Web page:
The only difference is that Hawkgirl isn’t around, and instead of the Wally West Flash they have the Barry Allen version, although a seventeen-year-old West has a role as a hero-in-training. Plus, they added Aquaman to the core. There is no origin story, with all of the characters already in place as superheroes for at least 5 years by the time the film starts. Barry Allen serves as the POV character of the story, which is an adaptation of the comics JLA: Tower of Babel (someone gets a hold of Batman’s super secret file containing strategies for defeating each JLA member should they turn evil, and then uses those strategies against them), The OMAC Project (the villain is Maxwell Lord), Identity Crisis (book-ended by the funeral for one of JLA’s members), and Crisis on Infinite Earths (Barry Allen dies in the speed force, sacrificing himself to save everyone). WB likes the script so much Variety wonders, “Should WB release Justice before its Superman Returns sequel?”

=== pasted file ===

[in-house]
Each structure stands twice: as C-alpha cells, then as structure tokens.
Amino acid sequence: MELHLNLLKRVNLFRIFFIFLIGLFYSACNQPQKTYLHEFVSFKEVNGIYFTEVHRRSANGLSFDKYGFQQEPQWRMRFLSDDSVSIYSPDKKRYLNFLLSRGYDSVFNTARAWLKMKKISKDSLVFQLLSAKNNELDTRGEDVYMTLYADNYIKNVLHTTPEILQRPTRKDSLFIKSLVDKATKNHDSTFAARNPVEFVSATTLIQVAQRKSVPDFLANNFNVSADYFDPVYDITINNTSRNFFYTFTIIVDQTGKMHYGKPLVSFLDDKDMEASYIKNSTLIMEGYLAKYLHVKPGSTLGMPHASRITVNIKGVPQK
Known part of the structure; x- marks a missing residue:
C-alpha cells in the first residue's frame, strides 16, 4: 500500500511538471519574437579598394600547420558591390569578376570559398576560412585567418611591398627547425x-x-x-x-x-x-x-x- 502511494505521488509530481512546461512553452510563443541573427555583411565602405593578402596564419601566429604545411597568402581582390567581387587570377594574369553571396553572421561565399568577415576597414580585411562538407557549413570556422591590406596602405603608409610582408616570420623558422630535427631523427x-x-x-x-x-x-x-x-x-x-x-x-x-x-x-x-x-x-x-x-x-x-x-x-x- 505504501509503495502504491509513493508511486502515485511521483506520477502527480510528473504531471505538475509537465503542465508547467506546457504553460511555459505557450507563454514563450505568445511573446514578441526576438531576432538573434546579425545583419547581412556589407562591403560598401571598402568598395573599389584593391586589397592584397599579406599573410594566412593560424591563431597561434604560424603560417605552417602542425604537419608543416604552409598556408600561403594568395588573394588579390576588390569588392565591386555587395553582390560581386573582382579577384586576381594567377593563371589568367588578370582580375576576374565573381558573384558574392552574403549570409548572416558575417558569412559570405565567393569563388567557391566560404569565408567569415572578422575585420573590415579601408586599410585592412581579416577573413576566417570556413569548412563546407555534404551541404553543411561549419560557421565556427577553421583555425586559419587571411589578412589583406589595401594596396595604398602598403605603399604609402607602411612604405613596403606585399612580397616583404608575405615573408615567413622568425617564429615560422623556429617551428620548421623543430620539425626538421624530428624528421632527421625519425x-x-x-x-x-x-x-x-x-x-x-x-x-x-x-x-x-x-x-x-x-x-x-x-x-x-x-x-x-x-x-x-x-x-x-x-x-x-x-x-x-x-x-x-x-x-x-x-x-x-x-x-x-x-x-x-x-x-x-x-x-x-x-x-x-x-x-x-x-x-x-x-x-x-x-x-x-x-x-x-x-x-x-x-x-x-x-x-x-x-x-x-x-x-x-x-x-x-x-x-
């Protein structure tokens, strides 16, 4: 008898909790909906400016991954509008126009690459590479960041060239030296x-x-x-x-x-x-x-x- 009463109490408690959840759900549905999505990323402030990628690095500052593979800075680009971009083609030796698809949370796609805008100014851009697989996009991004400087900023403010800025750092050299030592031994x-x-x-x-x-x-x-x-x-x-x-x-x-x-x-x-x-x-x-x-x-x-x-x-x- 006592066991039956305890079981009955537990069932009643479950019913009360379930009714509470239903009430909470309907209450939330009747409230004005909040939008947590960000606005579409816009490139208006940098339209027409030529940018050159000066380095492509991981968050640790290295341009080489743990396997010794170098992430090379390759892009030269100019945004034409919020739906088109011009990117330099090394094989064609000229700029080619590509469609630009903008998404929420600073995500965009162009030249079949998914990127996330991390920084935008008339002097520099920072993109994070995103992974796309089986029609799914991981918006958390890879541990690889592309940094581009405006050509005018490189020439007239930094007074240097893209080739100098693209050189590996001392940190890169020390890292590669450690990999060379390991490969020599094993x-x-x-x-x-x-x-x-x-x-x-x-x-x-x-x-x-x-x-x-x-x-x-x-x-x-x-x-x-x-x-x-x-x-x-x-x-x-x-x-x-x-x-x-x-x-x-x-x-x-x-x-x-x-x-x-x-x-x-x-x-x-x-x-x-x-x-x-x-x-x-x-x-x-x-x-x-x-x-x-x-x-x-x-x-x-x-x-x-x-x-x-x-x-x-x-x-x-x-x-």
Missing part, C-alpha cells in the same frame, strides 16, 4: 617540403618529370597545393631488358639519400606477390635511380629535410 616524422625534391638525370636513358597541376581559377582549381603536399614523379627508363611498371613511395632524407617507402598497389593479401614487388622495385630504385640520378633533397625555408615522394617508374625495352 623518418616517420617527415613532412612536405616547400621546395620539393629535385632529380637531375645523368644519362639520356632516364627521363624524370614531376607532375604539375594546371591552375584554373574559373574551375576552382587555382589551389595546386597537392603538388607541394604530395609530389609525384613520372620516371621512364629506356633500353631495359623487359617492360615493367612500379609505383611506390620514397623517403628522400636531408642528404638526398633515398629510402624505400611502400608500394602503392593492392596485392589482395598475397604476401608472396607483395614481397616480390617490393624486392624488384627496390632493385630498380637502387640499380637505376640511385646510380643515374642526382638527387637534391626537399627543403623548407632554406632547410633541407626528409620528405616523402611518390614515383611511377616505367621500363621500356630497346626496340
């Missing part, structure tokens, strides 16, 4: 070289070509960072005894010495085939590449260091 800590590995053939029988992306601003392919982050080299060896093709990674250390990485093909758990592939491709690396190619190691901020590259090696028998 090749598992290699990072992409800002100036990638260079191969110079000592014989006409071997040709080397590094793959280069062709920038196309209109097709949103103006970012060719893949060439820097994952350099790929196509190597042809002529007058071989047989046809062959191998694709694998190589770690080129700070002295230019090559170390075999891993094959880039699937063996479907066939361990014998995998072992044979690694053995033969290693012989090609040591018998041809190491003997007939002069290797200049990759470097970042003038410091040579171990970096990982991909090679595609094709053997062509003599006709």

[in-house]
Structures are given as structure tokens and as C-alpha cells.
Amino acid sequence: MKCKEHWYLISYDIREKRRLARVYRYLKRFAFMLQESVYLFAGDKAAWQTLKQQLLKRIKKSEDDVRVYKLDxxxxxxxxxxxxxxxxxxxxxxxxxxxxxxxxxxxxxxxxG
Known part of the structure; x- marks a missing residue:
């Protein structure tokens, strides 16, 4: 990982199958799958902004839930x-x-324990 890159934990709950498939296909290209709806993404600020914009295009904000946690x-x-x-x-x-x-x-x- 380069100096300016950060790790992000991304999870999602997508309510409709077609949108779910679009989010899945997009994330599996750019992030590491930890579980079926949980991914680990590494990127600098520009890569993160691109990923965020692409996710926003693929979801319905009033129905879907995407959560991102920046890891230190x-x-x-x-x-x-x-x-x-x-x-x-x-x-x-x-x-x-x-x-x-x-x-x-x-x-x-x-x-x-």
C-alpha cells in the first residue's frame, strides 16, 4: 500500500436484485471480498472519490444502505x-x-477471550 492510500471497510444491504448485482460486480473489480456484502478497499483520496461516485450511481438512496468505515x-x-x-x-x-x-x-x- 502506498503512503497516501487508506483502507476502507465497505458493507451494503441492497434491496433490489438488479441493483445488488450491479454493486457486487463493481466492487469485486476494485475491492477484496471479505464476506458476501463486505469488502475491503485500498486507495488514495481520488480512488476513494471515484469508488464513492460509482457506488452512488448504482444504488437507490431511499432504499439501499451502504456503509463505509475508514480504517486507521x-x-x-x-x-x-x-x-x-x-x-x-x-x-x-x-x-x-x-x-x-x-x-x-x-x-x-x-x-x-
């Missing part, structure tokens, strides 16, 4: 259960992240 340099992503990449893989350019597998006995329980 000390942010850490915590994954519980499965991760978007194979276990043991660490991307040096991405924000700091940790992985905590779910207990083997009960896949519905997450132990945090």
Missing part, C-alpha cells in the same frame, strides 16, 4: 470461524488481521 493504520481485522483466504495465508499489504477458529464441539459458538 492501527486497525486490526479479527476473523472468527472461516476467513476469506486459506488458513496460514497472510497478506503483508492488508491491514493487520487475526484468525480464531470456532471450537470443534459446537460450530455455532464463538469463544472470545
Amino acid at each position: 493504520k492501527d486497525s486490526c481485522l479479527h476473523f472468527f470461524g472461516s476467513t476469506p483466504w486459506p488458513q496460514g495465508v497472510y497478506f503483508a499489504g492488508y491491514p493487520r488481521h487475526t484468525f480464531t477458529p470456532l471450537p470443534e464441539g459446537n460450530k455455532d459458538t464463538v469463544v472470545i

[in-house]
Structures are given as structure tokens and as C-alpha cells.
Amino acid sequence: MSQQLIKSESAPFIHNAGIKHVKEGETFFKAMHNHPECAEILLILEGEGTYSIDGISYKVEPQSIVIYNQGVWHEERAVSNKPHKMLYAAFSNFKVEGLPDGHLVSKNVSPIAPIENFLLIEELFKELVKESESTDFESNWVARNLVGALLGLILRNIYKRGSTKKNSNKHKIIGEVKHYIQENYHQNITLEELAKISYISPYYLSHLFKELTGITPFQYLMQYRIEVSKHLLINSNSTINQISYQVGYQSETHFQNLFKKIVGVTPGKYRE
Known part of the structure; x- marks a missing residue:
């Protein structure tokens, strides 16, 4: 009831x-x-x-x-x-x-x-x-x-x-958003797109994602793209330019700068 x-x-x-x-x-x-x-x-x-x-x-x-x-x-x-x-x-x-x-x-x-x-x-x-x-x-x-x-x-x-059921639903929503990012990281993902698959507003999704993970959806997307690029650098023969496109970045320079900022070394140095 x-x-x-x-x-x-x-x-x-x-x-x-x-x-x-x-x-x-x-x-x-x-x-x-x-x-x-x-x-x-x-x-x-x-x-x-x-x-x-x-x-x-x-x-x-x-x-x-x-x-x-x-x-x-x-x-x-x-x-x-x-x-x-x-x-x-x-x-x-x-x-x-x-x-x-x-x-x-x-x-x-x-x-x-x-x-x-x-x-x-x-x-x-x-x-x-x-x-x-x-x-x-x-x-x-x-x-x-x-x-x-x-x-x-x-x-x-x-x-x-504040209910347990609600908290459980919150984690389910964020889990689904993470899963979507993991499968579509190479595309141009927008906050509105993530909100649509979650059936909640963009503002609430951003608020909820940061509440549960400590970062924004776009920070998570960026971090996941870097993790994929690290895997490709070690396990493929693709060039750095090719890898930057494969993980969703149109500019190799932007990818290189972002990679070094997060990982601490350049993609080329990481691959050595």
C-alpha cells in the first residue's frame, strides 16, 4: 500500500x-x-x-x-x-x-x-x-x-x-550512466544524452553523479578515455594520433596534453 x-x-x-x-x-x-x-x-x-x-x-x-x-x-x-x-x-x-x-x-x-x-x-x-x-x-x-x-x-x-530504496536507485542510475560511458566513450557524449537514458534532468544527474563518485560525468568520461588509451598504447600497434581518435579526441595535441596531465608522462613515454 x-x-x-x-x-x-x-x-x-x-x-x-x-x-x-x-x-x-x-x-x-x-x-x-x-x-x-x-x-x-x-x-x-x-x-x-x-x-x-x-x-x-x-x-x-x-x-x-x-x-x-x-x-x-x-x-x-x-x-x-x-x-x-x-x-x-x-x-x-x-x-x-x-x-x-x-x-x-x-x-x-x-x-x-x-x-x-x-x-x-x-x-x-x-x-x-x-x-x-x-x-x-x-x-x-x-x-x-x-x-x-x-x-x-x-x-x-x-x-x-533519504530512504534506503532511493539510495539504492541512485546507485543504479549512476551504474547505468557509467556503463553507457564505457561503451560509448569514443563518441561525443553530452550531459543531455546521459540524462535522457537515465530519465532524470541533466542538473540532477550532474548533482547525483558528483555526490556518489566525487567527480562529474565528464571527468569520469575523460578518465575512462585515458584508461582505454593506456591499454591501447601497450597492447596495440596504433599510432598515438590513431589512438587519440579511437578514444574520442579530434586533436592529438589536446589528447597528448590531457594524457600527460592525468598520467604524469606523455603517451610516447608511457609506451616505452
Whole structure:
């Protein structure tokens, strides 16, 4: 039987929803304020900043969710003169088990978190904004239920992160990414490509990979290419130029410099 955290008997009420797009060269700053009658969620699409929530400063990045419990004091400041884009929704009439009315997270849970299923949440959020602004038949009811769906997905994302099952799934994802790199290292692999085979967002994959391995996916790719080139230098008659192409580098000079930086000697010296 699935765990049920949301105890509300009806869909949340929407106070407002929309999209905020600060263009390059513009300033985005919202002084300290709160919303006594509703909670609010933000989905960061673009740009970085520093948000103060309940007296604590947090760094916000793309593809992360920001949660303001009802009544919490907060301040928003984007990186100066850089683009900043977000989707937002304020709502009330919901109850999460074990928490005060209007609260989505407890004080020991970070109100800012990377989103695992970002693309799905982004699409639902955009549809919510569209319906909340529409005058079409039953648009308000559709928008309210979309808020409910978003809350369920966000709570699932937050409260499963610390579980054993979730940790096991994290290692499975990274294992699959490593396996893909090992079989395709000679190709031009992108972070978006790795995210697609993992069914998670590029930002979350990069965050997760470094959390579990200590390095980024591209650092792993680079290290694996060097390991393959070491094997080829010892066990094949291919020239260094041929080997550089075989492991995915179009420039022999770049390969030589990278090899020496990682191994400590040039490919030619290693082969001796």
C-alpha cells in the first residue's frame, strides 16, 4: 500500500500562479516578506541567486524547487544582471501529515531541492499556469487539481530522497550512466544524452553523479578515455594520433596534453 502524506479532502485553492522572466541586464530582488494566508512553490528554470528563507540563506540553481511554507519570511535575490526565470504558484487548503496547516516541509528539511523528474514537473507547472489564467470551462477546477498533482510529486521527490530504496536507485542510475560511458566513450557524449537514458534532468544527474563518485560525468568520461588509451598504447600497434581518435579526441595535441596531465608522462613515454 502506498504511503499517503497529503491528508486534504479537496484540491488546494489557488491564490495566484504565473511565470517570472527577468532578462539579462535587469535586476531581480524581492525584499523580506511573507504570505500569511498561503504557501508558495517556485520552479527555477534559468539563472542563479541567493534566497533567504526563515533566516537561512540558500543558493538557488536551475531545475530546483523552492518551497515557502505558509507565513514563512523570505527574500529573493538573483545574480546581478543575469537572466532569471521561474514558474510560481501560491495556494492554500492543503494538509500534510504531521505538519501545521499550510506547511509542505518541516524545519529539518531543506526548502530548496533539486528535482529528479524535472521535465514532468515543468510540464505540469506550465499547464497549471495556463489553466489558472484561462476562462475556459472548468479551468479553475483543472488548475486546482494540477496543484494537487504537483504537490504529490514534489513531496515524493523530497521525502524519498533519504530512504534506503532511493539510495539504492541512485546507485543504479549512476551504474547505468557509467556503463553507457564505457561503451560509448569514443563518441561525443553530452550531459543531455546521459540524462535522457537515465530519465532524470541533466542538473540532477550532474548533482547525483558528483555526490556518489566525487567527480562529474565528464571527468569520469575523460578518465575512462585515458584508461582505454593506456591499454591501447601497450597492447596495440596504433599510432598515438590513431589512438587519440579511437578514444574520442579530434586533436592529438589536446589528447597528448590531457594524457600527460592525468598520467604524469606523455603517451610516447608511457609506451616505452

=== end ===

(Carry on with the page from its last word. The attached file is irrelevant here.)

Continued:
July 2007 – Suddenly, that Superman Returns sequel has become an “if,” with Alan Horn telling THR, “If we do a sequel to Superman, we want it to be less expensive. I have to see a screenplay before I say yes to anything. But the studio would be willing to spend as much as $175 million if the screenplay and other factors warranted it.”
August 2007 – Christian Bale voices his displeasure with the idea of there being a Batman concurrent to his own, “It’d be better if [Justice League: Mortal] doesn’t tread on the toes of what we’re doing, though I feel that it would be better if it comes out after Batman 3.”
Can you do it before the strike?
September 2007 – WB hires George Miller to direct Justice League, picking the Mad Max director due to his recent success with Happy Feet for the studio (and also because their first choice, Jason Reitman, turned them down). The production is to be fast-tracked to beat the looming Writers Strike and deliver a summer 2009 tentpole for the studio. Variety reports Bale will not play the Caped Crusader nor will Routh play the Man of Steel. In fact, Christopher Nolan and Bale are so weary of the project WB explored doing an animated or motion-captured version but ultimately decided the world can never have enough live-action Batman.